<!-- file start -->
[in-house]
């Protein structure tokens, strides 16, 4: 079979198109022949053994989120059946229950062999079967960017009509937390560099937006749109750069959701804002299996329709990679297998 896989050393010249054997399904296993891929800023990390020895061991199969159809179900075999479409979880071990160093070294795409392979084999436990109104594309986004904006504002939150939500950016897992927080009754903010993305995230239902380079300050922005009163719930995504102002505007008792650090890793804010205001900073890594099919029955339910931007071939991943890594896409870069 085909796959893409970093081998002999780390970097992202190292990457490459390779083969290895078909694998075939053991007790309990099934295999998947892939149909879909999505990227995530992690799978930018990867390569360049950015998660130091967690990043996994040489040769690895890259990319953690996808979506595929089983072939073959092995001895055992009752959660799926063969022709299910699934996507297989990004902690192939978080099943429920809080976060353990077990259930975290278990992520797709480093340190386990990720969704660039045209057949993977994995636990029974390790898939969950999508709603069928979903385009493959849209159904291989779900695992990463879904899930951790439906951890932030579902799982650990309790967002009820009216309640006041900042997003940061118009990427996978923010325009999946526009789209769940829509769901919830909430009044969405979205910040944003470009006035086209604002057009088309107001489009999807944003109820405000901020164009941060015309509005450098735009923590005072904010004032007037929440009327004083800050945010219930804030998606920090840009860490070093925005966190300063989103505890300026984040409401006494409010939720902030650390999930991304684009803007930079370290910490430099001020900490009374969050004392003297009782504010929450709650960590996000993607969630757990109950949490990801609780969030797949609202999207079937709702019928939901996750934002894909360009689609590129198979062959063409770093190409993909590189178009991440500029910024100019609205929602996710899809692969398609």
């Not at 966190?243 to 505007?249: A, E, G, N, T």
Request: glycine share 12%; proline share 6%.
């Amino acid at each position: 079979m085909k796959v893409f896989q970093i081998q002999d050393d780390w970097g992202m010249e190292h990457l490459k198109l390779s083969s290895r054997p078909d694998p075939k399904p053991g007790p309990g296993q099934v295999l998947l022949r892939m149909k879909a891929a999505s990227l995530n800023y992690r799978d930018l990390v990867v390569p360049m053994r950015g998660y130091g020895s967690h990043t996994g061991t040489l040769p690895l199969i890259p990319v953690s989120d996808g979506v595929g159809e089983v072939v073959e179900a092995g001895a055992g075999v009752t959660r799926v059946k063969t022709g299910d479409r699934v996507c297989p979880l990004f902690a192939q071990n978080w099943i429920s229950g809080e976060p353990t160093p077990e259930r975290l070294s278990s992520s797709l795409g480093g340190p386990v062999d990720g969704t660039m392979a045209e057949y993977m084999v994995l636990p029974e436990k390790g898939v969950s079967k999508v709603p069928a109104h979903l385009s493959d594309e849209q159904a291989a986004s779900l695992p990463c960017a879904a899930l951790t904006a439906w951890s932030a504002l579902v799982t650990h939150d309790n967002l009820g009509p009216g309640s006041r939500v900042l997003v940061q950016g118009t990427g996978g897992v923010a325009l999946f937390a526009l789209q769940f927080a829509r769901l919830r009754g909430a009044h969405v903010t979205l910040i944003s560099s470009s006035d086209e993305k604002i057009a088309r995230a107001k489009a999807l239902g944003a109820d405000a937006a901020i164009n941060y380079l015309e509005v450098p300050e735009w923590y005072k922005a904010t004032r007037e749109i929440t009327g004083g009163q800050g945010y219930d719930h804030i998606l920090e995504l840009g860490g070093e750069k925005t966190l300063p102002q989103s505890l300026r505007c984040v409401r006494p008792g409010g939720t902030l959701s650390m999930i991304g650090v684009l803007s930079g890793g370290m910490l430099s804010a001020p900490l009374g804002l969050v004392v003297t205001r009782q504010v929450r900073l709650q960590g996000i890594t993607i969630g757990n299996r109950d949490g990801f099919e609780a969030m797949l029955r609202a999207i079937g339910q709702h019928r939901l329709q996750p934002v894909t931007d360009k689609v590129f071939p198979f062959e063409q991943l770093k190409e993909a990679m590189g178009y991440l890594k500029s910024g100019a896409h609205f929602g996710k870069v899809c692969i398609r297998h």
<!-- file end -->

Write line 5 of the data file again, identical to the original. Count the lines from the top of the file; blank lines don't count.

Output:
């Amino acid at each position: 079979m085909k796959v893409f896989q970093i081998q002999d050393d780390w970097g992202m010249e190292h990457l490459k198109l390779s083969s290895r054997p078909d694998p075939k399904p053991g007790p309990g296993q099934v295999l998947l022949r892939m149909k879909a891929a999505s990227l995530n800023y992690r799978d930018l990390v990867v390569p360049m053994r950015g998660y130091g020895s967690h990043t996994g061991t040489l040769p690895l199969i890259p990319v953690s989120d996808g979506v595929g159809e089983v072939v073959e179900a092995g001895a055992g075999v009752t959660r799926v059946k063969t022709g299910d479409r699934v996507c297989p979880l990004f902690a192939q071990n978080w099943i429920s229950g809080e976060p353990t160093p077990e259930r975290l070294s278990s992520s797709l795409g480093g340190p386990v062999d990720g969704t660039m392979a045209e057949y993977m084999v994995l636990p029974e436990k390790g898939v969950s079967k999508v709603p069928a109104h979903l385009s493959d594309e849209q159904a291989a986004s779900l695992p990463c960017a879904a899930l951790t904006a439906w951890s932030a504002l579902v799982t650990h939150d309790n967002l009820g009509p009216g309640s006041r939500v900042l997003v940061q950016g118009t990427g996978g897992v923010a325009l999946f937390a526009l789209q769940f927080a829509r769901l919830r009754g909430a009044h969405v903010t979205l910040i944003s560099s470009s006035d086209e993305k604002i057009a088309r995230a107001k489009a999807l239902g944003a109820d405000a937006a901020i164009n941060y380079l015309e509005v450098p300050e735009w923590y005072k922005a904010t004032r007037e749109i929440t009327g004083g009163q800050g945010y219930d719930h804030i998606l920090e995504l840009g860490g070093e750069k925005t966190l300063p102002q989103s505890l300026r505007c984040v409401r006494p008792g409010g939720t902030l959701s650390m999930i991304g650090v684009l803007s930079g890793g370290m910490l430099s804010a001020p900490l009374g804002l969050v004392v003297t205001r009782q504010v929450r900073l709650q960590g996000i890594t993607i969630g757990n299996r109950d949490g990801f099919e609780a969030m797949l029955r609202a999207i079937g339910q709702h019928r939901l329709q996750p934002v894909t931007d360009k689609v590129f071939p198979f062959e063409q991943l770093k190409e993909a990679m590189g178009y991440l890594k500029s910024g100019a896409h609205f929602g996710k870069v899809c692969i398609r297998h």